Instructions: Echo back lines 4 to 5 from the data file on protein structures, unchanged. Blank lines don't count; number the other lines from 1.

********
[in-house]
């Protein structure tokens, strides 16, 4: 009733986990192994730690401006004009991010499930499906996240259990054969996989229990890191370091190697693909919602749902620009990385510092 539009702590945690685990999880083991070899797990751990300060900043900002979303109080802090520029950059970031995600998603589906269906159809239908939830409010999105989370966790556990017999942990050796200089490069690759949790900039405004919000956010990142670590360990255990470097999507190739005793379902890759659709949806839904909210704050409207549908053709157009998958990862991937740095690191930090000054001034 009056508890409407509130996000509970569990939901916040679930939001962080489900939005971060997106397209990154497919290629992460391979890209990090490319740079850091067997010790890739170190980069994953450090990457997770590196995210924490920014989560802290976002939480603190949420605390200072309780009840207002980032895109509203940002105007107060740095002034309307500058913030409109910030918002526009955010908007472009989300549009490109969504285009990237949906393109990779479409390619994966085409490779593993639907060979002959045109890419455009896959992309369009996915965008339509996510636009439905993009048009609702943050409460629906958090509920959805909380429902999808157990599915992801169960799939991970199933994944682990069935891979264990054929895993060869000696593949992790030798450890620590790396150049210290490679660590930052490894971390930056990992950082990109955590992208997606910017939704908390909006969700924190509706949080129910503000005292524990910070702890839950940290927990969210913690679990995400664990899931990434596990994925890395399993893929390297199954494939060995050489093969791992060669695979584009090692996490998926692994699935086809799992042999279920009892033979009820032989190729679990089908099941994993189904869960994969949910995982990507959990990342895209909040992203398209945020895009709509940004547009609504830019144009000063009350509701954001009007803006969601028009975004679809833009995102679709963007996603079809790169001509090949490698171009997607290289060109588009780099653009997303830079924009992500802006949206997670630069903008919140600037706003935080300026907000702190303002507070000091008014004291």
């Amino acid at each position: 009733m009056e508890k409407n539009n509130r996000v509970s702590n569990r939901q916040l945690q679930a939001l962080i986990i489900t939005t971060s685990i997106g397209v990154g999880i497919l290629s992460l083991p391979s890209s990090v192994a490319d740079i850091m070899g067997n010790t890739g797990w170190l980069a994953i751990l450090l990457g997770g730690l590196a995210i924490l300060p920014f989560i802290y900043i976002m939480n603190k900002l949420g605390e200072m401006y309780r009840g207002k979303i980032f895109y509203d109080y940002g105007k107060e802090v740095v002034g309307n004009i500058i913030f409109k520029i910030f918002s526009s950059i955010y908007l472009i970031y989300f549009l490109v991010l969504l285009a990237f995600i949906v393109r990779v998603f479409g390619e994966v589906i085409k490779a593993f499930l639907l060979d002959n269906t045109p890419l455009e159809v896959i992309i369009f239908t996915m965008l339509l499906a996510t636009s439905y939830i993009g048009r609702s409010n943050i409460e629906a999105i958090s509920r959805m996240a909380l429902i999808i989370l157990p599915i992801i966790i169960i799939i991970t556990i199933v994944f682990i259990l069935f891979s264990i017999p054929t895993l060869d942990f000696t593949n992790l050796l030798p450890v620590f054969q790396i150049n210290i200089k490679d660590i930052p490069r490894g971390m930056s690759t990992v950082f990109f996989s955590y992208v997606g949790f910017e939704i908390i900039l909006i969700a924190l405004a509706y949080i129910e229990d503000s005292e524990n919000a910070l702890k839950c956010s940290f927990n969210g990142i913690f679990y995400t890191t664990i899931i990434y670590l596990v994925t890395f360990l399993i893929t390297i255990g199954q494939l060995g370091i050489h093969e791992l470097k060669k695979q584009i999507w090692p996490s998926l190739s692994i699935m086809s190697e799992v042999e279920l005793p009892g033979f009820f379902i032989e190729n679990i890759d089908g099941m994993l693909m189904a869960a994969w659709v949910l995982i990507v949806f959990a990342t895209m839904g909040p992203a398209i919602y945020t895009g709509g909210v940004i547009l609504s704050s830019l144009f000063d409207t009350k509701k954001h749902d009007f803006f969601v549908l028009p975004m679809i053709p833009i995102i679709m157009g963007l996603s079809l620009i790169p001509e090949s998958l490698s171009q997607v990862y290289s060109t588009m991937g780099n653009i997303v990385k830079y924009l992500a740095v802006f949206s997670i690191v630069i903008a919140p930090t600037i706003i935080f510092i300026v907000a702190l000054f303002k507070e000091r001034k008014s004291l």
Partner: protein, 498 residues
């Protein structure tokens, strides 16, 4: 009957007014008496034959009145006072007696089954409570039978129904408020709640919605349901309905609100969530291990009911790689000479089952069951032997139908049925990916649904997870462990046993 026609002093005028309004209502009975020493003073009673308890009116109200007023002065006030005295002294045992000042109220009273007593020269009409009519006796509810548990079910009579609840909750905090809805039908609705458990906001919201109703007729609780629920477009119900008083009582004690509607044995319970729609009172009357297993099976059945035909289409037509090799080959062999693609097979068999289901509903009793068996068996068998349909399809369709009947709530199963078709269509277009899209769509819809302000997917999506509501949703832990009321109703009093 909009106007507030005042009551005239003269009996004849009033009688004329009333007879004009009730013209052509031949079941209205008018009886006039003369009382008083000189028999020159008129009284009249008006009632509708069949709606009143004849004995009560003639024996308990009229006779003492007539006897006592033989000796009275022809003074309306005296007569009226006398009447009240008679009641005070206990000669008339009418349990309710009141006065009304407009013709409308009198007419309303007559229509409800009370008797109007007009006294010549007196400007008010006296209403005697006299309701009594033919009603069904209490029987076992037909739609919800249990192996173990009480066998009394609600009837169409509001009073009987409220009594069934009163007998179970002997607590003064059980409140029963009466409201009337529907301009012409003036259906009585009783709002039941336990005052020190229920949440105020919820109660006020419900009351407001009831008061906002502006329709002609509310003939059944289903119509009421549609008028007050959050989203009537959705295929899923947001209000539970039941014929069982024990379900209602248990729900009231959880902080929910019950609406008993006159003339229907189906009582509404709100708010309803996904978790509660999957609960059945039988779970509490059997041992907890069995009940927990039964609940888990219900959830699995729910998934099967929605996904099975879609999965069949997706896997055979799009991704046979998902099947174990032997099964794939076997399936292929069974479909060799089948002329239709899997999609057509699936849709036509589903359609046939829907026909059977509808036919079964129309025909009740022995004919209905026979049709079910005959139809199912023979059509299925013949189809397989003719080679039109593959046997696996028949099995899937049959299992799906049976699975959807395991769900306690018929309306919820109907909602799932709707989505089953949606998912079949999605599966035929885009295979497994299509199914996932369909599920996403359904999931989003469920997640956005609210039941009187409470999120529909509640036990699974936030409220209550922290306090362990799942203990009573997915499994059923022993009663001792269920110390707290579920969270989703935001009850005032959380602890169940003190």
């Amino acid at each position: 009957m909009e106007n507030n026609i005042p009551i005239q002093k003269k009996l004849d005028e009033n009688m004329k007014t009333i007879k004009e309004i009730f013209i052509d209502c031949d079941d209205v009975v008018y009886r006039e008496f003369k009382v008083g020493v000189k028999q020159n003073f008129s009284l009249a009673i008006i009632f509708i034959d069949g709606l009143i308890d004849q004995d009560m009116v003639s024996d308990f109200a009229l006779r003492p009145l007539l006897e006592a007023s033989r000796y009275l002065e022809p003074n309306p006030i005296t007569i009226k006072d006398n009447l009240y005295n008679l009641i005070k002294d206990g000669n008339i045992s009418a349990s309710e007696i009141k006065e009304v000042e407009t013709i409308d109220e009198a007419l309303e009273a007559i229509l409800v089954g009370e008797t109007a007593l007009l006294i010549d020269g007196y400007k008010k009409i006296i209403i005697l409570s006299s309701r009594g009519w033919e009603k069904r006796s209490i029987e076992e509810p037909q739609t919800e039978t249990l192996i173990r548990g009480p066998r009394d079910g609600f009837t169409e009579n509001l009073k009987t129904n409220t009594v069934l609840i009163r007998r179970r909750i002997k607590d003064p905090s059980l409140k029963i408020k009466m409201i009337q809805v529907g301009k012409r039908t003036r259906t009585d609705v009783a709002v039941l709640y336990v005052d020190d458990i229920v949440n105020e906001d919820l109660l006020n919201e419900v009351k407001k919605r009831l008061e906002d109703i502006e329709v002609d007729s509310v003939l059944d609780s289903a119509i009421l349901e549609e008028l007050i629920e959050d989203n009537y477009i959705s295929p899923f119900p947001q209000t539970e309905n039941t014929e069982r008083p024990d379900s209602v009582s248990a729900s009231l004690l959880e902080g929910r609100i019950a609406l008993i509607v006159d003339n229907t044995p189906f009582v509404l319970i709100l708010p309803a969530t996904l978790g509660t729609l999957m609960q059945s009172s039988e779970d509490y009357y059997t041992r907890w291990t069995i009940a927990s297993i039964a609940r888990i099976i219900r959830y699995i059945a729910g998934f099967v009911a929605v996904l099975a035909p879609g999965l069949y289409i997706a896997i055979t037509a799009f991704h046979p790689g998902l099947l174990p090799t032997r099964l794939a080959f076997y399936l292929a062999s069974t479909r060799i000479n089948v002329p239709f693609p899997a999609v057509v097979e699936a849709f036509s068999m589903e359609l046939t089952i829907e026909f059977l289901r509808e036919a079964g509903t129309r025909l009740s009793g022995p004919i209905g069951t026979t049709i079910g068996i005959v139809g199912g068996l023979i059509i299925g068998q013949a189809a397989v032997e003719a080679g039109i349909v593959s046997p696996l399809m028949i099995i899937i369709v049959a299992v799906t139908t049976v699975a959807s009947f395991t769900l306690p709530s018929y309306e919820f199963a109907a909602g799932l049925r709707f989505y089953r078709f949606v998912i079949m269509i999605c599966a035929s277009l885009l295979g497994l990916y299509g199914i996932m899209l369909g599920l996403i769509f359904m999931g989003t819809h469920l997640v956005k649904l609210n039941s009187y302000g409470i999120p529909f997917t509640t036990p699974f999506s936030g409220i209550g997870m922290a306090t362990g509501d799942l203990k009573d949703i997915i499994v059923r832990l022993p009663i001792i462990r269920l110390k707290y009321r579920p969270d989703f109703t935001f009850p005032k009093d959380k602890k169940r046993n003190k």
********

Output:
Partner: protein, 498 residues
């Protein structure tokens, strides 16, 4: 009957007014008496034959009145006072007696089954409570039978129904408020709640919605349901309905609100969530291990009911790689000479089952069951032997139908049925990916649904997870462990046993 026609002093005028309004209502009975020493003073009673308890009116109200007023002065006030005295002294045992000042109220009273007593020269009409009519006796509810548990079910009579609840909750905090809805039908609705458990906001919201109703007729609780629920477009119900008083009582004690509607044995319970729609009172009357297993099976059945035909289409037509090799080959062999693609097979068999289901509903009793068996068996068998349909399809369709009947709530199963078709269509277009899209769509819809302000997917999506509501949703832990009321109703009093 909009106007507030005042009551005239003269009996004849009033009688004329009333007879004009009730013209052509031949079941209205008018009886006039003369009382008083000189028999020159008129009284009249008006009632509708069949709606009143004849004995009560003639024996308990009229006779003492007539006897006592033989000796009275022809003074309306005296007569009226006398009447009240008679009641005070206990000669008339009418349990309710009141006065009304407009013709409308009198007419309303007559229509409800009370008797109007007009006294010549007196400007008010006296209403005697006299309701009594033919009603069904209490029987076992037909739609919800249990192996173990009480066998009394609600009837169409509001009073009987409220009594069934009163007998179970002997607590003064059980409140029963009466409201009337529907301009012409003036259906009585009783709002039941336990005052020190229920949440105020919820109660006020419900009351407001009831008061906002502006329709002609509310003939059944289903119509009421549609008028007050959050989203009537959705295929899923947001209000539970039941014929069982024990379900209602248990729900009231959880902080929910019950609406008993006159003339229907189906009582509404709100708010309803996904978790509660999957609960059945039988779970509490059997041992907890069995009940927990039964609940888990219900959830699995729910998934099967929605996904099975879609999965069949997706896997055979799009991704046979998902099947174990032997099964794939076997399936292929069974479909060799089948002329239709899997999609057509699936849709036509589903359609046939829907026909059977509808036919079964129309025909009740022995004919209905026979049709079910005959139809199912023979059509299925013949189809397989003719080679039109593959046997696996028949099995899937049959299992799906049976699975959807395991769900306690018929309306919820109907909602799932709707989505089953949606998912079949999605599966035929885009295979497994299509199914996932369909599920996403359904999931989003469920997640956005609210039941009187409470999120529909509640036990699974936030409220209550922290306090362990799942203990009573997915499994059923022993009663001792269920110390707290579920969270989703935001009850005032959380602890169940003190």